Fossil Fighters: Frontiers Review
Being in media, it is my job to know what’s going on with Nintendo. So obviously, I felt a little out-of-the-loop when a review code for Fossil Fighters: Frontiers for 3DS come across my desk. Fossil Fighters, announced for a North American release at E3 2014, is one of those tricky games to review, if only because it’s not meant for adults. Fortunately, I had a younger opinion on this title who would recommend it for any dino-loving kids.
Frontiers is another chapter in the Fossil Fighters franchise; although a lot has not changed over the years, the developers decided to add something extra to this title: the ability to drive around the map in trucks. This is good since the world in Fossil Fighters would be a bit big to traverse on foot. Although it doesn’t have the expansiveness of Pokemon, nor the variety, there is still something here to love for younger gamers.
The goal of Fossil Fighters is a lot like Pokemon, except that you are using dinosaurs like creatures called Vivosaur’s. You travel out from the main dig site hub and use the tools on your vehicle to seek out fossils that need unearthing. Each fossil requires players to play a fun, although eventually repetitive, mini game where they choose between a number of tools in hopes of unearthing enough of the fossil to pass the ‘level.’ At first this was tricky, but as I did more and more of them, it became increasingly easier.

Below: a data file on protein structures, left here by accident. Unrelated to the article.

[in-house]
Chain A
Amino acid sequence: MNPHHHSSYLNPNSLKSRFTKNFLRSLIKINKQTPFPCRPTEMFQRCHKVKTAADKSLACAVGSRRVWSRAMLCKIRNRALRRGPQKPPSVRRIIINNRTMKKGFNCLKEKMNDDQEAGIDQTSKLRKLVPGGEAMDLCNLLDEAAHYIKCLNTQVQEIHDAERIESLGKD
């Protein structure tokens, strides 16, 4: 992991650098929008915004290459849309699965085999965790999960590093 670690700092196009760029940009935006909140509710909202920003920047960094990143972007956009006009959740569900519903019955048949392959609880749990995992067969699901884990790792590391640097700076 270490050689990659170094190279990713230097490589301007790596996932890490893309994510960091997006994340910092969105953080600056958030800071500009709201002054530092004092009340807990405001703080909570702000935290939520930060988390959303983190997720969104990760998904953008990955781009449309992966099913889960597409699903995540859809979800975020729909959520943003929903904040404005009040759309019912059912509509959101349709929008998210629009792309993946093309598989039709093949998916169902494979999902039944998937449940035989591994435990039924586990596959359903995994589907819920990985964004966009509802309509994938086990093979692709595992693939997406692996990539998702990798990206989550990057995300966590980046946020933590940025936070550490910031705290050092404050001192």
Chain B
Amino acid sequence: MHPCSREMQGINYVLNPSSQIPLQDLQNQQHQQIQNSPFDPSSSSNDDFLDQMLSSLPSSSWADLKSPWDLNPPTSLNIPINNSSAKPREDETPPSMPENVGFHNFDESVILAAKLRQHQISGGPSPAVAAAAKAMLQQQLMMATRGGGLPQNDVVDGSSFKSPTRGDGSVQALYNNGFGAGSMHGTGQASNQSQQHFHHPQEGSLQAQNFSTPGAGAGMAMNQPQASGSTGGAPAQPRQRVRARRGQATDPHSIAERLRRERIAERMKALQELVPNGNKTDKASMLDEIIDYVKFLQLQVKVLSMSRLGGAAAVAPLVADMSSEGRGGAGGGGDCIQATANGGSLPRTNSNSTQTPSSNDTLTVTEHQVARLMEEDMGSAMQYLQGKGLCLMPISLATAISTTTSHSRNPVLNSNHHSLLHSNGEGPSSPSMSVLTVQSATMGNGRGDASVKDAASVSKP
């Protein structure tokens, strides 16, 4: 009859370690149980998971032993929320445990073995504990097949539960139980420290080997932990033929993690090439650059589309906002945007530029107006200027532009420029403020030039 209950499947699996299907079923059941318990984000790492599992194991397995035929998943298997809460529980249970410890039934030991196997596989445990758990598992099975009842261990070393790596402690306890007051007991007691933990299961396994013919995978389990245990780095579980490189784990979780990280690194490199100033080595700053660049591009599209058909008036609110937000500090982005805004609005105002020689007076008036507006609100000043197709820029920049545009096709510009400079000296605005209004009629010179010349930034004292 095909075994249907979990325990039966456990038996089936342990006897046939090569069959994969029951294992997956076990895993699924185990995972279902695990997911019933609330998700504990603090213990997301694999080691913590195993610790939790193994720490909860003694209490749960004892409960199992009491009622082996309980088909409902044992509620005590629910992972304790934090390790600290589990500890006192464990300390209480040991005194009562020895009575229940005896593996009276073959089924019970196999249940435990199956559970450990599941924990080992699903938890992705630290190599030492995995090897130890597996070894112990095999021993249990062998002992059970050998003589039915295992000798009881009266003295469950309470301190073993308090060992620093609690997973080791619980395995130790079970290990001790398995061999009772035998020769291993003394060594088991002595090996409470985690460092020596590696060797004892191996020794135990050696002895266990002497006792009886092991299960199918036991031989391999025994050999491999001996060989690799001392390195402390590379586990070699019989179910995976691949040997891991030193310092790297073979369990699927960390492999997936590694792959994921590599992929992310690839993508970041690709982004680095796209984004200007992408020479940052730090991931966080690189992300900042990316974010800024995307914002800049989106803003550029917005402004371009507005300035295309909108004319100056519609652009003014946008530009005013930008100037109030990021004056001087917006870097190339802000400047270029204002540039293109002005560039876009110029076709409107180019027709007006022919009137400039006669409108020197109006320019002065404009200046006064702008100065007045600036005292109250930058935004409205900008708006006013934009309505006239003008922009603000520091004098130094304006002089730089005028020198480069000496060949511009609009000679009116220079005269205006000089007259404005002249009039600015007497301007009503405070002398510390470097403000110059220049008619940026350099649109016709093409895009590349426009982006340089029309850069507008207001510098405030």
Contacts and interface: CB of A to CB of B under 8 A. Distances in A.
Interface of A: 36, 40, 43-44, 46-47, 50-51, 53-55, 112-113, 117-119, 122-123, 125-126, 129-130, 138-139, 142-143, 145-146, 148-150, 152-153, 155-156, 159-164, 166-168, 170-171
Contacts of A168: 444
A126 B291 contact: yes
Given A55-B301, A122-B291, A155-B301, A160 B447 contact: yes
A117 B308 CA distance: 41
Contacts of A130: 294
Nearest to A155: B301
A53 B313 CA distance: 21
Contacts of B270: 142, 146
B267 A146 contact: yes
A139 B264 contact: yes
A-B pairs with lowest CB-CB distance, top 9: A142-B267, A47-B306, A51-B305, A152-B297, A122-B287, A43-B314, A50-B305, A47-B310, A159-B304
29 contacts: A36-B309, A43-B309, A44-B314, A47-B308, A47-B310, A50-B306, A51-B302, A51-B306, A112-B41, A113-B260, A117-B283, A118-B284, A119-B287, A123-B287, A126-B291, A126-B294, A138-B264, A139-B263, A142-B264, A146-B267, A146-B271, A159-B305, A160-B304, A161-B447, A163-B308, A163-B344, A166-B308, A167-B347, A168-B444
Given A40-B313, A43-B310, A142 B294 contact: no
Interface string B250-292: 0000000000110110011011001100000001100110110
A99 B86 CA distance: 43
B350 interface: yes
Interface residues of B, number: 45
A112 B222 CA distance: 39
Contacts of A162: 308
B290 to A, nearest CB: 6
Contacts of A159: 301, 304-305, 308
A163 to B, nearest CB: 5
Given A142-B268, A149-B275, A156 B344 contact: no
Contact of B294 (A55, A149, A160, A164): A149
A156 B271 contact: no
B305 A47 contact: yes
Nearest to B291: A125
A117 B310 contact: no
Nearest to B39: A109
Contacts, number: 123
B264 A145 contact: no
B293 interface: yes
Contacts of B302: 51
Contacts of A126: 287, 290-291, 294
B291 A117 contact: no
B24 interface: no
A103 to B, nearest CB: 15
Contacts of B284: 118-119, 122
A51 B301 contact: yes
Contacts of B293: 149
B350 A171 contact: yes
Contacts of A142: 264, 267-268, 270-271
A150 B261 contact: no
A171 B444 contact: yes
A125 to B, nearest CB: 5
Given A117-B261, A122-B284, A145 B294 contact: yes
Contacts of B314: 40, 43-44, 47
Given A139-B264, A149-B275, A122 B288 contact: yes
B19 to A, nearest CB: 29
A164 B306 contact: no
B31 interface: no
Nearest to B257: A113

Each fossil yields a new Vivosaur for players to battle with locally, online, or within the game against other roaming dinosaurs. Each head players excavate produces another Vivosaur, with each additional body part increasing the fighters stats and skills. Battles play out a lot like Pokemon, where Vivosaurs take turns using certain attacks that have varied strengths.
Graphically, this title doesn’t hold up to similar titles, and doesn’t even come close to the new Pokemon titles. However, it is adequate. The audio is neither outstanding nor poor, it is just kinda there. I would never recommend this game to an adult, and was prepared to score it pretty low. But then a much younger individual got a hold of it, and here is what he thought:
On game play: I really like this game. Collecting different dinosaurs (Vivosaurs) is really fun, and I really want to find all the different fossils so that my dinosaurs are as powerful as possible. I really like dinosaurs so I really like this game.
On the graphics: I wish the dinosaurs looked a bit better. They don’t look like real dinosaurs that I have seen in books or in shows.
On driving the vehicle: I love it! Sometimes I just race around trying to find dinosaurs to fight. It is a lot better driving because it is slow walking when I’m at the main dig site.
On recommending this to others: It’s really fun. If you like dinosaurs and collecting things, then you will have fun. Sometimes the fossil mini games are hard to finish, but it is still fun to find all the different dinosaur pieces.
For adults, there is almost no reason to go pick up Fossil Fighters Frontiers since there really is no lasting value or appeal. However, children with a love of dinosaurs would absolutely love this title!
For more on Fossil Fighters: Frontier, check out the official Nintendo page here.
Can my younger kids play Fossil Fighters: Frontier Despite the 10+ ESRB rating?
Kids younger then 10 shouldn’t have problems playing Fossil Fighters. The battles are never overly gruesome, and are generally pretty tame with some small animations used to show attacks. I would be more worried that younger kids would have problems completing some of the fossil dig mini games.